• A62B35/00Safety belts or body harnesses; Similar equipment for limiting displacement of the human body, especially in case of sudden changes of motion
    • A62B35/0006Harnesses; Accessories therefor
    • A62B35/0018Full body harnesses covering at least shoulders and thighs
    • AHUMAN NECESSITIES
    • A62LIFE-SAVING; FIRE-FIGHTING
    • A62BDEVICES, APPARATUS OR METHODS FOR LIFE-SAVING
    • A62B35/00Safety belts or body harnesses; Similar equipment for limiting displacement of the human body, especially in case of sudden changes of motion
    • A62B35/0006Harnesses; Accessories therefor
    • A62B35/0025Details and accessories
    • A62B35/0037Attachments for lifelines and lanyards

Abstract

The present disclosure concerns a fall arrest strap assembly that can reduce the risk of suspension trauma in a user of a fall-arrest body harness, and in particular, a fall arrest strap assembly that supports the user in a seated position with the knees elevated to at least hip level in the event of a fall from an elevated structure. The device deploys passively, so it is effective even when the user is injured or unconscious.

Description

    CROSS REFERENCE TO RELATED APPLICATION
  • This application claims the benefit of U.S. provisional patent application Ser. No. 60/831,260, filed Jul. 14, 2006, which is incorporated herein by reference.
  • ACKNOWLEDGMENT OF GOVERNMENT SUPPORT
  • The present invention was made by The National Institute for Occupational Safety and Health, Centers for Disease Control and Prevention, an agency of the United Sates Government. Therefore the United States Government may have certain rights in the invention.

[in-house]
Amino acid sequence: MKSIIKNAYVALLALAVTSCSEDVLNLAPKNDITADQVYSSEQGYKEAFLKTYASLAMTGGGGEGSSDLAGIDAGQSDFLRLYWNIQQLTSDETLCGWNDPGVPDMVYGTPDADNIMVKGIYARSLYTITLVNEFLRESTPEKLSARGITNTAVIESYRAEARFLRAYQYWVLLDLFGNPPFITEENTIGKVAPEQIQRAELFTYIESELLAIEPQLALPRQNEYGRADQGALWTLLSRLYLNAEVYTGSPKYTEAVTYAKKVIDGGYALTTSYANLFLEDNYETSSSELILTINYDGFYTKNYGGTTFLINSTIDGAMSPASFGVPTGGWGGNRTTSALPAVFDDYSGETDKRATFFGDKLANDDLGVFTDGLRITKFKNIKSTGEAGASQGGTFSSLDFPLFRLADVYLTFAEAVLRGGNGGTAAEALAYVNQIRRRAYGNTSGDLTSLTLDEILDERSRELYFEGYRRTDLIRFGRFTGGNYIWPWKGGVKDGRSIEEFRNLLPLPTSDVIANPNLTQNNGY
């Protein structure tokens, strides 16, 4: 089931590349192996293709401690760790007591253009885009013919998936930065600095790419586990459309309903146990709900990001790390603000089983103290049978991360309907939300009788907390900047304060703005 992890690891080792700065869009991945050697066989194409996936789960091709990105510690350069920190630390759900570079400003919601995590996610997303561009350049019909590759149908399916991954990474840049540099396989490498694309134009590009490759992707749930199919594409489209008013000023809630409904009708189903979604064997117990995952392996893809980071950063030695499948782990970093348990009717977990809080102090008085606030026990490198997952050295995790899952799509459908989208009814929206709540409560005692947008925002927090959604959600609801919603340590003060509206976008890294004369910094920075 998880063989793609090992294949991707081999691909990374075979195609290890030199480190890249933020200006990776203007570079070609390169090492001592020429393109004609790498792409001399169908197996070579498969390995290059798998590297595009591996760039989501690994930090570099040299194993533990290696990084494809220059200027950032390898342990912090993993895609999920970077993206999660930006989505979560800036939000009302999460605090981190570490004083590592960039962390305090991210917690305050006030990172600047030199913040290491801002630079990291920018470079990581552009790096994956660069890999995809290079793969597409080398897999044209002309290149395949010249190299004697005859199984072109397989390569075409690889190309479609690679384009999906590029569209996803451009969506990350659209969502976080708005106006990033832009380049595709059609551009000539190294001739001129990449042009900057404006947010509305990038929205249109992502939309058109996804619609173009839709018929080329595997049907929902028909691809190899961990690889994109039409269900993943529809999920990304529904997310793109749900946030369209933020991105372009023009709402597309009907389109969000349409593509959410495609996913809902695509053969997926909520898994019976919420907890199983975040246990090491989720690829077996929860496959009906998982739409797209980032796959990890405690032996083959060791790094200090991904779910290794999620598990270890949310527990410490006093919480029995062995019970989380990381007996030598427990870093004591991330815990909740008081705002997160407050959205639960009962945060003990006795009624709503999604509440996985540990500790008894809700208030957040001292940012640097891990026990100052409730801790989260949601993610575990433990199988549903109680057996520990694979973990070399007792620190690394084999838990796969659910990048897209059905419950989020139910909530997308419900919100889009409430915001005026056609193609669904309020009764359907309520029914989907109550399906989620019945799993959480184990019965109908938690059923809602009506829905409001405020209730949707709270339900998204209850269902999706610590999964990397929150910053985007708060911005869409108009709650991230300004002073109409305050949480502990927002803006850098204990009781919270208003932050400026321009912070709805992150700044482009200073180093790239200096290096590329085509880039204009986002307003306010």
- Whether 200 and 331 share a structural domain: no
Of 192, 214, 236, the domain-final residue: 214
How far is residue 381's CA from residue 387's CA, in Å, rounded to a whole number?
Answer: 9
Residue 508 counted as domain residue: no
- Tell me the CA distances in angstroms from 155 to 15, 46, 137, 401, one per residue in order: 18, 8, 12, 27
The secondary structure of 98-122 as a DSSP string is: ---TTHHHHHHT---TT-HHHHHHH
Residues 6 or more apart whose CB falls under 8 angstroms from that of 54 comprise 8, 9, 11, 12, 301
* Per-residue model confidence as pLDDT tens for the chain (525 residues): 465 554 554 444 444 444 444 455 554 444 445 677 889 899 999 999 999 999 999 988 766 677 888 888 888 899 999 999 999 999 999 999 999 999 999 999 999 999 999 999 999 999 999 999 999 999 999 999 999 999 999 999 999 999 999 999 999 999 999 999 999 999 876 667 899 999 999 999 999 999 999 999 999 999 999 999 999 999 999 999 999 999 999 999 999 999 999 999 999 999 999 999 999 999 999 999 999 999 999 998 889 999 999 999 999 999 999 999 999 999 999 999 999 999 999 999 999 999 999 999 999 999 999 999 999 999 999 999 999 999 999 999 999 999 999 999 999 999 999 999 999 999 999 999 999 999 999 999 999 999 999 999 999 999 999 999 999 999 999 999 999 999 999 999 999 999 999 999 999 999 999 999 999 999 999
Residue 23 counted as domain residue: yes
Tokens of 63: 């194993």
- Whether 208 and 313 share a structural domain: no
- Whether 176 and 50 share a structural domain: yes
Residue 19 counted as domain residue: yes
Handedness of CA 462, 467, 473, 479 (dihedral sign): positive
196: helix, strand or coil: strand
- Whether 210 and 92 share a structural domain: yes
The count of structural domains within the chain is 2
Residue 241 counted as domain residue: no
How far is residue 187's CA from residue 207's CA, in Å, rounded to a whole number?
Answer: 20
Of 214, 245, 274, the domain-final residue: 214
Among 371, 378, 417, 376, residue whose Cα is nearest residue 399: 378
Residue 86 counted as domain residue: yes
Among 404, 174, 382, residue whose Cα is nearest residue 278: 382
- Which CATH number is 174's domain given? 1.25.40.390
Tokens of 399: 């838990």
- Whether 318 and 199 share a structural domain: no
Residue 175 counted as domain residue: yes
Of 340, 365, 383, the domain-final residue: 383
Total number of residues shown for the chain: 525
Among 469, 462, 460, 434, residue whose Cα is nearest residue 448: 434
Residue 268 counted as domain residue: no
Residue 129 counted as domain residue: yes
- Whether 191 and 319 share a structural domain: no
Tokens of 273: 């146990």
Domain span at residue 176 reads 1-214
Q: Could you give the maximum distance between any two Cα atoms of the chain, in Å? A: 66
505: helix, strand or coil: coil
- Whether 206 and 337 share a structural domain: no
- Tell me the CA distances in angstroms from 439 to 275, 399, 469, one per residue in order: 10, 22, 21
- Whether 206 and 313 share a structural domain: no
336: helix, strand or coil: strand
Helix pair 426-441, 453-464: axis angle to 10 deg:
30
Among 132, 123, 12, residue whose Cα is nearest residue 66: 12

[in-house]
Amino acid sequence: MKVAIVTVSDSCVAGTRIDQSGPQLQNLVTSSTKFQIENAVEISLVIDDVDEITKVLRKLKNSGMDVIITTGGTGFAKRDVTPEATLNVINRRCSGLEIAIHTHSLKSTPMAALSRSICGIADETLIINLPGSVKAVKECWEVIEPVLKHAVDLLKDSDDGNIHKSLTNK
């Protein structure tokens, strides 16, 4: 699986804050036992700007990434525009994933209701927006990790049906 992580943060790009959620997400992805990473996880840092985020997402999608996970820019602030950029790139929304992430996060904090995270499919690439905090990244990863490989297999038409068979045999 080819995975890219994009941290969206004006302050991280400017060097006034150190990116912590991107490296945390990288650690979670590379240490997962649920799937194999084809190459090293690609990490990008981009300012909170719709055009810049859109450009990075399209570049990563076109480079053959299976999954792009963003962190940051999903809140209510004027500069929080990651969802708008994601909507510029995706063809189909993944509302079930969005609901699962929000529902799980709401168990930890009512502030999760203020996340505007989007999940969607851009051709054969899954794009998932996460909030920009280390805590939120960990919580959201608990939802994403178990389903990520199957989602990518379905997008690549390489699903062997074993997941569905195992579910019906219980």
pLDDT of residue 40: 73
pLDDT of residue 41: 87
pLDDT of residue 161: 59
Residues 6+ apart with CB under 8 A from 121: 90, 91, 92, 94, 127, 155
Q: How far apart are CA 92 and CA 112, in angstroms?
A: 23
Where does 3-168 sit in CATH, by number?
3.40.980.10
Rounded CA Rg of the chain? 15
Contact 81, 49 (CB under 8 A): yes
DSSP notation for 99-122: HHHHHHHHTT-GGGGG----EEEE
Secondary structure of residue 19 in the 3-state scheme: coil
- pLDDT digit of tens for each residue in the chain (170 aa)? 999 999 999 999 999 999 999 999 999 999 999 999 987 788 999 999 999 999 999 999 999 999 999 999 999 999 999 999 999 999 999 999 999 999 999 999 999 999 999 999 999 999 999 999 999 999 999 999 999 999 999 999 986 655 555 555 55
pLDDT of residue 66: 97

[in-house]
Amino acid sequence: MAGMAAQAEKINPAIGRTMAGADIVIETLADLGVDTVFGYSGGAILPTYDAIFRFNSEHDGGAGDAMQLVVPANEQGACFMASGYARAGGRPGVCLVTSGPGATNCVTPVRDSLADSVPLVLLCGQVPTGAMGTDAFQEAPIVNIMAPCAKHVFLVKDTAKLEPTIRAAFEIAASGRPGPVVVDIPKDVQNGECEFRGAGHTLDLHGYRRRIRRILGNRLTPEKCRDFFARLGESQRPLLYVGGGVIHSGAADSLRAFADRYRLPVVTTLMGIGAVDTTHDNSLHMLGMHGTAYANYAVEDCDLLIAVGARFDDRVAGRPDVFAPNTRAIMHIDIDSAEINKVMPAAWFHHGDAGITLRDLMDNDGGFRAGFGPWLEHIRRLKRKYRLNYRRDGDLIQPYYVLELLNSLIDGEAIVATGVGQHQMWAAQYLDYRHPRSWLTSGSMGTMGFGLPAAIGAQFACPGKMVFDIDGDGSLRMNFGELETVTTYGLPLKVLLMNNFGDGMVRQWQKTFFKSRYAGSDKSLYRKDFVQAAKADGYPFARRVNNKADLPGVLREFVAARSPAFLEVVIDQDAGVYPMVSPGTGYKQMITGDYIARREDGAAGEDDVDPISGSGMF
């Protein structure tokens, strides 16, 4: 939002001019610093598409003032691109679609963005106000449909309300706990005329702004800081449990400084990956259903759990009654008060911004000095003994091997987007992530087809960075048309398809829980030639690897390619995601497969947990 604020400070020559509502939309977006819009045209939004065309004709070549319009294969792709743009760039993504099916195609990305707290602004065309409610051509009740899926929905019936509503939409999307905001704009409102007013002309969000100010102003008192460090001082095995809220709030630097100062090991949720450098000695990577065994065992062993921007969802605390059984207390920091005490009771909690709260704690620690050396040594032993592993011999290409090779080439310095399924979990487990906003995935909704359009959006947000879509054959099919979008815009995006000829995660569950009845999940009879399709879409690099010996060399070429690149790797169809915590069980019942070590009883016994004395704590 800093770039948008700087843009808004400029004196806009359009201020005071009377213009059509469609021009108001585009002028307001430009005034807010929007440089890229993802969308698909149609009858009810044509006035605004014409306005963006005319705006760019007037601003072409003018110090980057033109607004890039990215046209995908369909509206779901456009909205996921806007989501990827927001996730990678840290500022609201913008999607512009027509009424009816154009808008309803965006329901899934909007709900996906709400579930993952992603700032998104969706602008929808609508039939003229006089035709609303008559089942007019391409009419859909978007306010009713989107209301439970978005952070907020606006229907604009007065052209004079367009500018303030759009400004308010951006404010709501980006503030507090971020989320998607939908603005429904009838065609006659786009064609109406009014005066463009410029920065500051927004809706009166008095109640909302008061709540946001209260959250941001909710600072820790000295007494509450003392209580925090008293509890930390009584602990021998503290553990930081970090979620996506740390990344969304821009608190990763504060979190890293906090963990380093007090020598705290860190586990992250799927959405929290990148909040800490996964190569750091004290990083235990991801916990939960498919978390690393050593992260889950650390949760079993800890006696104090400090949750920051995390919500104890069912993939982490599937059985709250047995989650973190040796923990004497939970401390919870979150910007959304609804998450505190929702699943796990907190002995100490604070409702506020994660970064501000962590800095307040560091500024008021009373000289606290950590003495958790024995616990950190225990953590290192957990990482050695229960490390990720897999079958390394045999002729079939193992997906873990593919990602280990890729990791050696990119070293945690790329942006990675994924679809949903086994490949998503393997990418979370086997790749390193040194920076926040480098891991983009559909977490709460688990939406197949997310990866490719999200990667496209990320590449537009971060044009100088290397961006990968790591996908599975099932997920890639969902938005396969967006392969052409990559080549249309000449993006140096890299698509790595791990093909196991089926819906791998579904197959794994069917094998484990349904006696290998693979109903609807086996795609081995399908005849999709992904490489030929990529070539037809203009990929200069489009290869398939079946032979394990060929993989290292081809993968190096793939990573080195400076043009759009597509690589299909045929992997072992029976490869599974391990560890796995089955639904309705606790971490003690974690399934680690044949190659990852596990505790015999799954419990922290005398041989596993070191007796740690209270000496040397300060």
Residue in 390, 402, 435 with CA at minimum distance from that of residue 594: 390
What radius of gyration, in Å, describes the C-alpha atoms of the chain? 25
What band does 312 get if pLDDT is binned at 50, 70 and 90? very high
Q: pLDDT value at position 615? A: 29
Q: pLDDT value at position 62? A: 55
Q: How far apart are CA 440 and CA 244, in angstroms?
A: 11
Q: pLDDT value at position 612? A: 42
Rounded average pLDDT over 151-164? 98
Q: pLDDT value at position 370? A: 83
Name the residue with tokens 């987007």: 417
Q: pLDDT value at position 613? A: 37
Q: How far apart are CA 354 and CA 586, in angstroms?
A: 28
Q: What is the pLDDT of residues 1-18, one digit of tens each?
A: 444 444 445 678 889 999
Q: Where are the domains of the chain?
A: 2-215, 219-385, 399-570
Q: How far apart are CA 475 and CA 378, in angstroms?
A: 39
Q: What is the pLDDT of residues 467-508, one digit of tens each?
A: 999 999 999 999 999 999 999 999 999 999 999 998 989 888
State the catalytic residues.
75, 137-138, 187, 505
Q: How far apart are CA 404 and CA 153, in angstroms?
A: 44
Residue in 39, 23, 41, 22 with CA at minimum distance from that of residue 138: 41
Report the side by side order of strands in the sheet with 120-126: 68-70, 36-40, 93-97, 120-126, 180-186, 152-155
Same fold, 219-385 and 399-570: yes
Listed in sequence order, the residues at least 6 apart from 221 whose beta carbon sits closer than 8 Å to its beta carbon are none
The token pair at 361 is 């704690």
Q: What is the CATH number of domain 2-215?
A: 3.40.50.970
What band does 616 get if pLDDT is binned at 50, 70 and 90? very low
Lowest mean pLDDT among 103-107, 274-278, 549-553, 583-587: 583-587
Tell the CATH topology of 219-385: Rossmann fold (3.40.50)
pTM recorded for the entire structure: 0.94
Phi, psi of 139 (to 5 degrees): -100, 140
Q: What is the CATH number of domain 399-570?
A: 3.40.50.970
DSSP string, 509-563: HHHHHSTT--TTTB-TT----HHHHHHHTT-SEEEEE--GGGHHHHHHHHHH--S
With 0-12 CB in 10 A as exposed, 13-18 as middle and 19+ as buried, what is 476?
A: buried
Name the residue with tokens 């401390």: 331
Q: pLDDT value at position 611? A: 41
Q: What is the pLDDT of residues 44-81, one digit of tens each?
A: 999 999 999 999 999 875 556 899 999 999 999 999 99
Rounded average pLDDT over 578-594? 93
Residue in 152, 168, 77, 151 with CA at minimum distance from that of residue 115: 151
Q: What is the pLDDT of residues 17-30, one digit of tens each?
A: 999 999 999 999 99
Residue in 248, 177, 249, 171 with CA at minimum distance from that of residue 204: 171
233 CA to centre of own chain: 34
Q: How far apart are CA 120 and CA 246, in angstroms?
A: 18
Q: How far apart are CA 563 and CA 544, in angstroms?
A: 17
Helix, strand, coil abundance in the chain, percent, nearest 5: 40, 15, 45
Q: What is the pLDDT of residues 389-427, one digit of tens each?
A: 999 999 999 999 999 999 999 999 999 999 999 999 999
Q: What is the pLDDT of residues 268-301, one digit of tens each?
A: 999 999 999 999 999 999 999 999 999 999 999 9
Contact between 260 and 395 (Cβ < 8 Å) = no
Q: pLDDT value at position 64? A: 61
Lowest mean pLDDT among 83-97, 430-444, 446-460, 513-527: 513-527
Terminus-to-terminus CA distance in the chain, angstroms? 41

• FIELD
  • The present disclosure concerns a fall arrest strap assembly that can be used with a fall-arrest body harness to reduce the risk of suspension trauma, and in particular, a fall arrest strap assembly that supports the user in a seated position with the knees elevated to at least hip level in the event of a fall from an elevated structure.
  • BACKGROUND
  • A typical fall-arrest harness, such as commonly used by workers on elevated structures, is adapted to suspend a wearer in a near-vertical position in the event of a fall. Suspension trauma, a form of orthostatic intolerance, is a potentially fatal consequence of suspension in a full-body fall-arrest harness in a near-vertical position. The resulting sustained immobility in a vertical or near-vertical position can lead to pooling of blood in the veins of the legs, which reduces the return blood flow to the heart and causes fainting, a dramatic increase in heart rate, and a precipitous drop in blood pressure. The reduction in blood circulation also can damage vital organs such as the kidneys, resulting in renal failure. Depending on the length of time the suspended worker is unconscious or immobile and the level of venous pooling, the resulting orthostatic intolerance can lead to death.